Plant growth and development are adversely affected by salinity – a major environmental stress that limits agricultural production. This chapter provides an overview of the physiological mechanisms by which growth and development of crop plants are affected by salinity. The initial phase of growth reduction is due to an osmotic effect, is similar to the initial response to water stress and shows little genotypic differences. The second, slower effect is the result of salt toxicity in leaves. In the second phase a salt sensitive species or genotype differs from a more salt tolerant one by its inability to prevent salt accumulation in leaves to toxic levels. Most crop plants are salt tolerant at germination but salt sensitive during emergence and vegetative development. Root and shoot growth is inhibited by salinity; however, supplemental Ca partly alleviates the growth inhibition. The Ca effect appears related to the maintenance of plasma membrane selectivity for K over Na. Reproductive development is considered less sensitive to salt stress than vegetative growth, although in wheat salt stress can hasten reproductive growth, inhibit spike development and decrease the yield potential, whereas in the more salt sensitive rice, low yield is primarily associated with reduction in tillers, and by sterile spikelets in some cultivars.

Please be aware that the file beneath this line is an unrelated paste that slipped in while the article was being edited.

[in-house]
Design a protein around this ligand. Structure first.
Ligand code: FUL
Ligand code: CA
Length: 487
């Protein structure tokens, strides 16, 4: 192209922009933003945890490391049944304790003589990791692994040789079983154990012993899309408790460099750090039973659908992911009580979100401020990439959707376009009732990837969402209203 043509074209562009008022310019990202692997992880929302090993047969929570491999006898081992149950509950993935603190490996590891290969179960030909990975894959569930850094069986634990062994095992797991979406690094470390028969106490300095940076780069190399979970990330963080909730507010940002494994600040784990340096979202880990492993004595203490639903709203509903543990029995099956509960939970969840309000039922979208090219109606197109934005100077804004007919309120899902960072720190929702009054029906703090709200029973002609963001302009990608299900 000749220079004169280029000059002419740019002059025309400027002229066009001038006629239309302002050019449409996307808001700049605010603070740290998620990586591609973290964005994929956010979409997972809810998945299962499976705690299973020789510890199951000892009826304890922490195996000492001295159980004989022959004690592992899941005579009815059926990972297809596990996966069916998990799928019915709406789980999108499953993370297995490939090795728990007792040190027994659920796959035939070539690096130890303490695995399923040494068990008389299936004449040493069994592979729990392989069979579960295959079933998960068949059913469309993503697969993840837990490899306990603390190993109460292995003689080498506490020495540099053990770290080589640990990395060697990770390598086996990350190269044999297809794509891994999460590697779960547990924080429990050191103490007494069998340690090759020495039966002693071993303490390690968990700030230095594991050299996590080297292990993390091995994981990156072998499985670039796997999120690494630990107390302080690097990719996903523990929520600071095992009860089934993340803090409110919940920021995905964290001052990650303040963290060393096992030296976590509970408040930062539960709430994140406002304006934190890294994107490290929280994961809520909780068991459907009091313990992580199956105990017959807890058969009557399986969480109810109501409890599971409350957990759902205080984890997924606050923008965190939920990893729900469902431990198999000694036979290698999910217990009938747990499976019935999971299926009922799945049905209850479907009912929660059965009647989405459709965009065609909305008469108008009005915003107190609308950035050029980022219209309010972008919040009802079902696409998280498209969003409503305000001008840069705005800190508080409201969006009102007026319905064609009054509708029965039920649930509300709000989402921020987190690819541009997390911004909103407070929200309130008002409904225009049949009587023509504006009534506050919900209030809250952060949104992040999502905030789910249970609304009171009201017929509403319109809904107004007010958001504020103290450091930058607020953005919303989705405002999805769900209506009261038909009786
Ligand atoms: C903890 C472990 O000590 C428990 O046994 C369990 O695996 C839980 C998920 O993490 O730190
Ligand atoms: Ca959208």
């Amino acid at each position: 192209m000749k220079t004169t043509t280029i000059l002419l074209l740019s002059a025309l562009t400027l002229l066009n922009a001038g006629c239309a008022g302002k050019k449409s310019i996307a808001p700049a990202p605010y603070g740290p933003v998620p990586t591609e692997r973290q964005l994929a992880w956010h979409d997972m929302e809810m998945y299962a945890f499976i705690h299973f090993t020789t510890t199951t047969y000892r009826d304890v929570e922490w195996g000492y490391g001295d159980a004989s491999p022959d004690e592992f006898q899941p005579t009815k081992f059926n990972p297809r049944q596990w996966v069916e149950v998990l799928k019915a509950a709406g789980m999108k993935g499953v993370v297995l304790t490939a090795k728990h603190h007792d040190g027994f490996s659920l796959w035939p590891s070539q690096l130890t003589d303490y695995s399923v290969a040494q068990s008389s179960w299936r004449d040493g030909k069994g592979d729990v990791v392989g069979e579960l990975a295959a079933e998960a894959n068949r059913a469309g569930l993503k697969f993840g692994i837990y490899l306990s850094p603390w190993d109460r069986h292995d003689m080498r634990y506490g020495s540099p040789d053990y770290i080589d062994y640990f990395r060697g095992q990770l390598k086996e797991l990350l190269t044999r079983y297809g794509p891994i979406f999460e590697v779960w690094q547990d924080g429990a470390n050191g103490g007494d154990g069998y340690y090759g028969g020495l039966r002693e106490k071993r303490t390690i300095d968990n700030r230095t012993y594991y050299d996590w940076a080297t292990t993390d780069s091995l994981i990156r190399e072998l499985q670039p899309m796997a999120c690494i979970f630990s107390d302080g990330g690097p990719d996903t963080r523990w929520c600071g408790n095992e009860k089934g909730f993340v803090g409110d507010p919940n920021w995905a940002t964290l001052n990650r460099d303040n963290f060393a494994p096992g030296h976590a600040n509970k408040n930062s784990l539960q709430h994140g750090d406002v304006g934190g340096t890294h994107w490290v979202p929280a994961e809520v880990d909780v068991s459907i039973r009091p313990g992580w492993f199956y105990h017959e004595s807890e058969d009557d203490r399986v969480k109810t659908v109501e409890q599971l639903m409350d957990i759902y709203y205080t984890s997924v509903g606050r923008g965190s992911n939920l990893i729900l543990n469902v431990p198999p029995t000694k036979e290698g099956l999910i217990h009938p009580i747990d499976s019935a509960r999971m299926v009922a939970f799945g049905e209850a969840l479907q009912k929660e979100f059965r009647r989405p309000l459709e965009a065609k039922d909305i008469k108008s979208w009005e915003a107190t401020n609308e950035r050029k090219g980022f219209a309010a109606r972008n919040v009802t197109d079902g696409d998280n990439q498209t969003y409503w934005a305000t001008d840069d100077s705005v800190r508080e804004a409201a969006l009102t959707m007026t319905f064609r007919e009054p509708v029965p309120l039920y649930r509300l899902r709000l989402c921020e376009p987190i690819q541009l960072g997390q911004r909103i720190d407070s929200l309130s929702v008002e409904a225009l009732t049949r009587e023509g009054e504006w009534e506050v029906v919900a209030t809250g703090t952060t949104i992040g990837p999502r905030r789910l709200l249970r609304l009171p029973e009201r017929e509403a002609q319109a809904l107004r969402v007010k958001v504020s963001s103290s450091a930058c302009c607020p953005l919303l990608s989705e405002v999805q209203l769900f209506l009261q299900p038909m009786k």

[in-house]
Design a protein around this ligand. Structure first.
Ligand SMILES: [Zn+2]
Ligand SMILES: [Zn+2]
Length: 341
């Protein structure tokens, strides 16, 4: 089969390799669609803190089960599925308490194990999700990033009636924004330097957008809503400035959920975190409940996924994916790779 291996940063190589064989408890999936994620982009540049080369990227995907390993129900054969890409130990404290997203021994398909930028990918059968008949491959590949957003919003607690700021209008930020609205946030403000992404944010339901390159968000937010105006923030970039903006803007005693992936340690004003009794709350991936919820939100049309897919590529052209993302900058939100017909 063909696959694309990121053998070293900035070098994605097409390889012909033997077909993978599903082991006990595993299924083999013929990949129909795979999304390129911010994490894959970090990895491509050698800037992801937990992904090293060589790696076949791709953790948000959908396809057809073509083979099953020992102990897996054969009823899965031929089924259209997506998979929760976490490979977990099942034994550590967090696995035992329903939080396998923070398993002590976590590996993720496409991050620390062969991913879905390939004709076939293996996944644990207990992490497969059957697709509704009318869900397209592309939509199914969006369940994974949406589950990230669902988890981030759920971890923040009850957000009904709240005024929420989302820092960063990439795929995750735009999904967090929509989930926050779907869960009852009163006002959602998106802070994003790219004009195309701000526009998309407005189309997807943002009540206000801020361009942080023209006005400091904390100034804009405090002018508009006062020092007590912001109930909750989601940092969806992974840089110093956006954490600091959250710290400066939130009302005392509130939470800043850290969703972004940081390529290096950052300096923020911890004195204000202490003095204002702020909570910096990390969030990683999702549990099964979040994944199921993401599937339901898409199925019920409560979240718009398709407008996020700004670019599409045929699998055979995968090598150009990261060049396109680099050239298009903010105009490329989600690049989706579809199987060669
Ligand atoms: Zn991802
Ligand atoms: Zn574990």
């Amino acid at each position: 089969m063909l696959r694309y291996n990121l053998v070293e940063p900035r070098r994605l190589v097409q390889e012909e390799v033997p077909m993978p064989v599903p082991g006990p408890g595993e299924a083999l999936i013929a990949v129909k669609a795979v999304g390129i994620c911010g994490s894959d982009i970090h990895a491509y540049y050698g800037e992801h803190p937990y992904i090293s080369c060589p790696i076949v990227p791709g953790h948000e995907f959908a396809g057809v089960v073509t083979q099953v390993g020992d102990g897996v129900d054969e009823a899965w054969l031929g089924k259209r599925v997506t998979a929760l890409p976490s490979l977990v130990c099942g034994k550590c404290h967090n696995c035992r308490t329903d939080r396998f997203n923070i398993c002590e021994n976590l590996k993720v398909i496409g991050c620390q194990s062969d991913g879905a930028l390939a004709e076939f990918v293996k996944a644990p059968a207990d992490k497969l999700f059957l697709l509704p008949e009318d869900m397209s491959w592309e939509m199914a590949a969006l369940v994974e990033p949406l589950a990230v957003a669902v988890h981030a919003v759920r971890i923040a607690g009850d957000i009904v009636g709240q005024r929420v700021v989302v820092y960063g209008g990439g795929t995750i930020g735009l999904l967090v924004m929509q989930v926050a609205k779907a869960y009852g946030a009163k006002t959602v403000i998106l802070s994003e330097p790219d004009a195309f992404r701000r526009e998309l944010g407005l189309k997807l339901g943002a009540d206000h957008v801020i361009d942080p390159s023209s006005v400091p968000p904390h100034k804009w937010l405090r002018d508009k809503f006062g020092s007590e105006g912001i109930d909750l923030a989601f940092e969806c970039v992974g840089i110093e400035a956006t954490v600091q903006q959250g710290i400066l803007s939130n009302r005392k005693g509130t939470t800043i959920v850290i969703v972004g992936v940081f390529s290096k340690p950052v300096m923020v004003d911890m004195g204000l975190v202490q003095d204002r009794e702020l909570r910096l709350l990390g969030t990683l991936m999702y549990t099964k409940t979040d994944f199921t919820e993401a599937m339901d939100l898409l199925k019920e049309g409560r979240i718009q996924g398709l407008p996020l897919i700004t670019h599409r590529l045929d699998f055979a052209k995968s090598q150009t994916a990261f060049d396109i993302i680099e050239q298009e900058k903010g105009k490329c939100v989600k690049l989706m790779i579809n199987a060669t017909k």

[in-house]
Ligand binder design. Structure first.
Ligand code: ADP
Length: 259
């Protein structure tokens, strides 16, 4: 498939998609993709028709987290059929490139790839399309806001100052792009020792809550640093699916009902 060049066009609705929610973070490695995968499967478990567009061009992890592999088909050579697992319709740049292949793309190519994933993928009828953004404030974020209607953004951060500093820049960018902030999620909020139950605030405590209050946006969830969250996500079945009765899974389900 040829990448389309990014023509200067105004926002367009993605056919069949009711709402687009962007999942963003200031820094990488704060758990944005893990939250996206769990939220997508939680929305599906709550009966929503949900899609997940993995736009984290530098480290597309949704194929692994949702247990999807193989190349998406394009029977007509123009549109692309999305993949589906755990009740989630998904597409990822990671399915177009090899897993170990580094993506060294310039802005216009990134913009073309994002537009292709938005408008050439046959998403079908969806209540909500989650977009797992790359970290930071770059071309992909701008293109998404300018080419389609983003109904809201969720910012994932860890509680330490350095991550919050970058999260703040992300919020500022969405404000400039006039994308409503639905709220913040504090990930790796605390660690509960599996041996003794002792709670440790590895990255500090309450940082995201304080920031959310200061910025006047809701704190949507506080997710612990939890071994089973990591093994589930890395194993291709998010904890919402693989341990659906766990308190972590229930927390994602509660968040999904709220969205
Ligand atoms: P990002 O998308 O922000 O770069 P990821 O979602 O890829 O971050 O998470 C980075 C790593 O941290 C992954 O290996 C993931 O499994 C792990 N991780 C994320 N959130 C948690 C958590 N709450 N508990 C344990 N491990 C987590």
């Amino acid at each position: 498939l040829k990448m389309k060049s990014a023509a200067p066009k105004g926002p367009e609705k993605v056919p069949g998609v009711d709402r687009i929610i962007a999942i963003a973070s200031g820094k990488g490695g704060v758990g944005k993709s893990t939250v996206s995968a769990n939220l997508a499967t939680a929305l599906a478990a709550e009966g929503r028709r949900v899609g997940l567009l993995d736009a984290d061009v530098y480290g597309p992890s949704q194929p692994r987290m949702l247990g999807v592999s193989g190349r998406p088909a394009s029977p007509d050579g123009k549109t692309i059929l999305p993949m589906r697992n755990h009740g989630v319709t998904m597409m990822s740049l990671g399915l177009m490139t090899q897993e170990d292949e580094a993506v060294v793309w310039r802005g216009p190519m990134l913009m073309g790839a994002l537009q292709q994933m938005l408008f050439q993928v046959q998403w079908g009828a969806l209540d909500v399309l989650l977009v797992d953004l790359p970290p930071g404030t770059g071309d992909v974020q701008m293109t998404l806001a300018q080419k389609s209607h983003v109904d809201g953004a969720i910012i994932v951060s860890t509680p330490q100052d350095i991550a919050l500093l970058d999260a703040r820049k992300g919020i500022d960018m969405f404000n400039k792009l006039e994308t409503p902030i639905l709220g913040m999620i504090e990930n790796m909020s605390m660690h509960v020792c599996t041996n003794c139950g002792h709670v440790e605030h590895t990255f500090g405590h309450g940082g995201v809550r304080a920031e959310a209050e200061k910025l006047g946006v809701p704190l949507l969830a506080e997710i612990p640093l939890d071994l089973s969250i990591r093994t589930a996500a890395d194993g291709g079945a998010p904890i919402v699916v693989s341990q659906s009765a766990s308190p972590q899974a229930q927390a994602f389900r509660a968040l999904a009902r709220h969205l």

Plants with improved salt tolerance must thrive under saline field conditions with numerous additional stresses. Salinity shows interactions with several stresses, among others with boron toxicity, but the mechanisms of salinity-boron interactions are still poorly known. To better understand crop tolerance under saline field conditions, future research should focus on tolerance of crops to a combination of stresses
- Vegetative growth
- reproductive growth
- salinity stress
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Läuchli, A., Grattan, S. (2007). Plant Growth And Development Under Salinity Stress. In: Jenks, M.A., Hasegawa, P.M., Jain, S.M. (eds) Advances in Molecular Breeding Toward Drought and Salt Tolerant Crops. Springer, Dordrecht. https://doi.org/10.1007/978-1-4020-5578-2_1
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